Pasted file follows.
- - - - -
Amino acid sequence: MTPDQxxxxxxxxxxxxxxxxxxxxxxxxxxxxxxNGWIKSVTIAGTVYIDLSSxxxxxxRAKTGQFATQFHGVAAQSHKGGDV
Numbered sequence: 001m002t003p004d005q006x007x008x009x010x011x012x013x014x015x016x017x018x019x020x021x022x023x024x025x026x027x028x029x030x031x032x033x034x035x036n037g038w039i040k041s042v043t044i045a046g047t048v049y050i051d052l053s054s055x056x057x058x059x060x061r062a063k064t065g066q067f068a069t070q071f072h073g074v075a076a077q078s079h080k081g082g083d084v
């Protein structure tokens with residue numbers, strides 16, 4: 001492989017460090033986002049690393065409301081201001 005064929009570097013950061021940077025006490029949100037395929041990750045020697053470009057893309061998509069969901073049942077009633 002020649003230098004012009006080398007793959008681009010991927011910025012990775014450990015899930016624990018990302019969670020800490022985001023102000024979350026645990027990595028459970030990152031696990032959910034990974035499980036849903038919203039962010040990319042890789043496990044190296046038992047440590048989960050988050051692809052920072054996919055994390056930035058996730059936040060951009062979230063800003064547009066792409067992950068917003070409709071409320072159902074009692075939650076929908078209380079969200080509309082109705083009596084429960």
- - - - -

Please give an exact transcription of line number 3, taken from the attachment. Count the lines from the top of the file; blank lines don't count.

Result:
């Protein structure tokens with residue numbers, strides 16, 4: 001492989017460090033986002049690393065409301081201001 005064929009570097013950061021940077025006490029949100037395929041990750045020697053470009057893309061998509069969901073049942077009633 002020649003230098004012009006080398007793959008681009010991927011910025012990775014450990015899930016624990018990302019969670020800490022985001023102000024979350026645990027990595028459970030990152031696990032959910034990974035499980036849903038919203039962010040990319042890789043496990044190296046038992047440590048989960050988050051692809052920072054996919055994390056930035058996730059936040060951009062979230063800003064547009066792409067992950068917003070409709071409320072159902074009692075939650076929908078209380079969200080509309082109705083009596084429960």